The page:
Monday 31 March 2014

Not right, not fair, not guilty

Hundreds turned out in Exeter on Saturday to show their condemnation and outrage at the Government's disastrous badger cull policy.  The Badger Army has been noisily making its way around the country, and finally came to the Devon capital, to Belmont Park, a stone's throw from our flat.

Owen Paterson blamed badgers for moving the goalposts - it looks like he's finally proven right!

Those who know me will know I am vociferously opposed to this cull, which has no basis in science or ethics.  The badger cull is nothing more than a cynical attempt by the current administration to dangle a carrot in front of dairy farmers, in a last-gasp attempt to be seen to be doing something.  They know, as well as we know, that this policy will not reduce TB in cattle.  This blog believes the Government should take a modern, forward-thinking and holistic approach to the problem of bovine TB, one that actually delivers benefits to both our wildlife and struggling farmers.  As is overwhelmingly demonstrated by the science, there can no place for a cull of badgers in tackling this problem long-term.

Badger Army in Belmont Park

But in a much larger sense, this is not simply a badger issue.  The obsessive, state-endorsed demonisation of the badger over the last 12 months should send a chilling feeling down the spine of any wildlife lover.  In our countryside, we have the last, best, greatest resource on earth.  On our doorsteps we can enjoy, for no financial cost at all, the thrill of spotting deer in a forest, the pleasure of bird-watching in a meadow, the joy of feeling summer butterflies come flapping by your face on a warm August day.  If we allow the persecution and obliteration of one iconic native species, who knows where the madness will take us, next time a creature is blamed for another of man's mistakes in the agricultural industry.  It's not like the industry doesn't have form when it comes to cutting corners and compromising on bio-security - we all remember mad cow disease, we'll never forget foot-and-mouth.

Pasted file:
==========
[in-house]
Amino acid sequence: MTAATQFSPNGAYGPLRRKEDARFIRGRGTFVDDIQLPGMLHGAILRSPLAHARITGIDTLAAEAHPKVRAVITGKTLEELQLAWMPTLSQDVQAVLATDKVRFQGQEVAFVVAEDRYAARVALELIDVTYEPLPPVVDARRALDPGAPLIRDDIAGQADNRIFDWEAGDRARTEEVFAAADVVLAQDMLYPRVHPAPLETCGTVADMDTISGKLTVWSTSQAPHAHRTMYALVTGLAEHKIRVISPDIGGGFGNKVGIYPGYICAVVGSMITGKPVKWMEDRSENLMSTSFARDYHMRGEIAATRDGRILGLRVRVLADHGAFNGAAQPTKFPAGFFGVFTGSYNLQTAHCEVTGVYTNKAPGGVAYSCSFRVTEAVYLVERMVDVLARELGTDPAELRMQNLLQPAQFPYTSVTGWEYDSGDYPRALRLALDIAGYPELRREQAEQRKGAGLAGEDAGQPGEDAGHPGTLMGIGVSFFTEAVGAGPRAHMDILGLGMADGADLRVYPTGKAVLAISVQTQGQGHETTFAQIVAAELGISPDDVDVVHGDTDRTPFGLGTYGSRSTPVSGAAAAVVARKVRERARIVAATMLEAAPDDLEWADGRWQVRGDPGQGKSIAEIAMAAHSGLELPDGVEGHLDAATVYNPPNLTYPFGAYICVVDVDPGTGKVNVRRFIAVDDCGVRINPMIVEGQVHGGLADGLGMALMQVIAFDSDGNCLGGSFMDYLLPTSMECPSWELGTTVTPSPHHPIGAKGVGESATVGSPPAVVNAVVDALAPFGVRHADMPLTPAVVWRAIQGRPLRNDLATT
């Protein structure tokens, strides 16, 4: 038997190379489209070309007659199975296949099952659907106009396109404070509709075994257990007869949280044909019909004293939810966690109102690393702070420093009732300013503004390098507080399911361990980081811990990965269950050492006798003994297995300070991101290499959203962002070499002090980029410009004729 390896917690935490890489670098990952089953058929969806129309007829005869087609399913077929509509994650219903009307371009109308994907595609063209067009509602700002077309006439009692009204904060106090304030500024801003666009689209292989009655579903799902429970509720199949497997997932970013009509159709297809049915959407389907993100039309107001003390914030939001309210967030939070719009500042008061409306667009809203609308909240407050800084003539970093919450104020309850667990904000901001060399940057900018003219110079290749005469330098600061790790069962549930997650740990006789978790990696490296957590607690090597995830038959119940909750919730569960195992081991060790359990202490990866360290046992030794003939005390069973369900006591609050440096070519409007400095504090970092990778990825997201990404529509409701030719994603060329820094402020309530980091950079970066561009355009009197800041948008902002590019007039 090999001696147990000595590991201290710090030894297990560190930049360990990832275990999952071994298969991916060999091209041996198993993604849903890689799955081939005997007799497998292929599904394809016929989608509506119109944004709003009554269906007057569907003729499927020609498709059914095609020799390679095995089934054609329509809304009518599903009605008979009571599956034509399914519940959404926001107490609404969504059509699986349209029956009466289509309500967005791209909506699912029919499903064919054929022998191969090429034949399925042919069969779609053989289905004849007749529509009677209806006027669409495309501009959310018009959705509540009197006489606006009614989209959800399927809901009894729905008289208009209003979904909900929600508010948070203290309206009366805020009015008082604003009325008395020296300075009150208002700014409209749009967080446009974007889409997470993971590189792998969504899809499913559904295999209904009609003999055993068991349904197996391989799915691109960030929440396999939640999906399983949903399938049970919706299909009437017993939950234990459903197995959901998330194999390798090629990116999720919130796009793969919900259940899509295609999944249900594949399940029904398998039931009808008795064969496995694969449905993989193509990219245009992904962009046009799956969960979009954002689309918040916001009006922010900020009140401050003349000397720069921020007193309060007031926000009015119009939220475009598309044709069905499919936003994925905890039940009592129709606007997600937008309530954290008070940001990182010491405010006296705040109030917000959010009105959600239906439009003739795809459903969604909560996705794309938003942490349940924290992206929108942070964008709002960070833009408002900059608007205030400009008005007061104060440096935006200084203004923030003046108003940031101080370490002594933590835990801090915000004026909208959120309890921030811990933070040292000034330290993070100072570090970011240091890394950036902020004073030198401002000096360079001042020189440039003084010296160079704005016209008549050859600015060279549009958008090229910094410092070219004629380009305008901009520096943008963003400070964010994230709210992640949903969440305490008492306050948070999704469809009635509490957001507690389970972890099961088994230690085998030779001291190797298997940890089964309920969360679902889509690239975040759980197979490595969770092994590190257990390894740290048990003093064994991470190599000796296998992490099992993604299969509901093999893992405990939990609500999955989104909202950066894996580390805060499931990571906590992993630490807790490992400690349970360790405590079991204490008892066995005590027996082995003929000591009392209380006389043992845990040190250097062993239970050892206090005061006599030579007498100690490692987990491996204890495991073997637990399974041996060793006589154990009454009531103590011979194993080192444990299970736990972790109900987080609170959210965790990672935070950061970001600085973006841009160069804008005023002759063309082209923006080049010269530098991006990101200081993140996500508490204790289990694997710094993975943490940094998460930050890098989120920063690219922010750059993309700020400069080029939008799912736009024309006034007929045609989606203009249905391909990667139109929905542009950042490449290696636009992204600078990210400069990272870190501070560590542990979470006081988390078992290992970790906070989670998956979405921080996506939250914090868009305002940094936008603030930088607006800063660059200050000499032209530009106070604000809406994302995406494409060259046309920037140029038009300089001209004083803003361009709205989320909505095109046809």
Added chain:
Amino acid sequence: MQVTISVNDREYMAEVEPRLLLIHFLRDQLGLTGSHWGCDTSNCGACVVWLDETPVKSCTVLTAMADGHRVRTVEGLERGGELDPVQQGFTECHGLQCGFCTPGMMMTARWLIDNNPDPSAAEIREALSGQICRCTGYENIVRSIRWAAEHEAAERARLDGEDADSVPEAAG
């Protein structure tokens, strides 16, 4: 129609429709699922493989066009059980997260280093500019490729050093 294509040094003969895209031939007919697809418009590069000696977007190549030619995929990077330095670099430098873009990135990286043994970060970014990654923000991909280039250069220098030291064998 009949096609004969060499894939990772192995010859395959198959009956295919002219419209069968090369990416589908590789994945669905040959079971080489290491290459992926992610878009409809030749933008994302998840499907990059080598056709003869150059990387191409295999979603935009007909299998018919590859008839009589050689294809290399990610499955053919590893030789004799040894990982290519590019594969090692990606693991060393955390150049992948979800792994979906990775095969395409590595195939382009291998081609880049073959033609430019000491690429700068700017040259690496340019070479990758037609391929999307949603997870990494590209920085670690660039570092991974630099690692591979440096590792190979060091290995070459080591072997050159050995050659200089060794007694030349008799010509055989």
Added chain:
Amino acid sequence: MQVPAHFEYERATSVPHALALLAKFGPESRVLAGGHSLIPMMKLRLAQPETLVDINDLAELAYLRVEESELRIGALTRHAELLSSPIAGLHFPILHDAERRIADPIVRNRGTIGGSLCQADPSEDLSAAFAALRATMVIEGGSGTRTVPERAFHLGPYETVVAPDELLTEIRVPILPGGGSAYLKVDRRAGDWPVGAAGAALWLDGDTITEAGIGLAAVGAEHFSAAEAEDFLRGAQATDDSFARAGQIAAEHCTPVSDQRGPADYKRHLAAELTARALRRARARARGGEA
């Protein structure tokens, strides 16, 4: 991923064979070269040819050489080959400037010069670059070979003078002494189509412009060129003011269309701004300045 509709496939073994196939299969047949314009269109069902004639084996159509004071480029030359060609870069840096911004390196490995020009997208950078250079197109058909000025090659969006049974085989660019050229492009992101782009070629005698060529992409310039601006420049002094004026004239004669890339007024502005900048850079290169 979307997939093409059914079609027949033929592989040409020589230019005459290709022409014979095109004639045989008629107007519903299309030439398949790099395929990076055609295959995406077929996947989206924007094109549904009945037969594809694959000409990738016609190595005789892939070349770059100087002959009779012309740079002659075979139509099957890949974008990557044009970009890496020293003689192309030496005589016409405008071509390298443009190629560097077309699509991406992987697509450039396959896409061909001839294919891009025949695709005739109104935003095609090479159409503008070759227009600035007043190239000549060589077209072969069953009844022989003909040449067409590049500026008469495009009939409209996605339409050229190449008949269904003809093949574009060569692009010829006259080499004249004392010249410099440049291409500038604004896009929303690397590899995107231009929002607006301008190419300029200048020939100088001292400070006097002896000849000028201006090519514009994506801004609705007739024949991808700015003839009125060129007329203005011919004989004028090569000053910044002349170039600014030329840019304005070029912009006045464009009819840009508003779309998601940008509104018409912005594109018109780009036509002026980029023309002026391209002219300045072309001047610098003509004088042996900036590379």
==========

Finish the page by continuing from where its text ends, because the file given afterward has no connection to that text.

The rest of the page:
Marching down Sidwell Street

I remember the first time I saw a badger - I was 17, and on a late-night wander to the kitchen, noticed the security light spring on outside.  I tentatively peeked, expecting to see a cat, but to my surprise I witnessed a badger, on its hind-legs, peering gingerly over the top of a low-standing bird table.  The same badger visited for some months after that, and each time I would follow it from within the house, clamouring room-to-room for another peek of this magical creature.  It was an experience I will never forget, a memory of the natural world that will stay with me forever.  Nobody has the right to deny our children that same pleasure.

Marching through the Cathedral Green

The Government will not win this fight - we cannot let it, because if it does, nothing in our beloved countryside is safe from the sheer exploitation and cynical short-sighted politics of those who view our greatest natural resource only in terms of profit.  British wildlife is not ours to own.  It is not ours to abuse.  It is not ours to scapegoat.  It is not ours to kick around like a cheap political football.  It is ours to enjoy, ours to care for, ours to nurture, and ours only so we can pass it on to the next generation.  Stop the blame.  Stop the lies.  Stop the cull.

1 comment:

  1. Well done...a brilliant piece of well put! Mr Badger would be proud! ;-)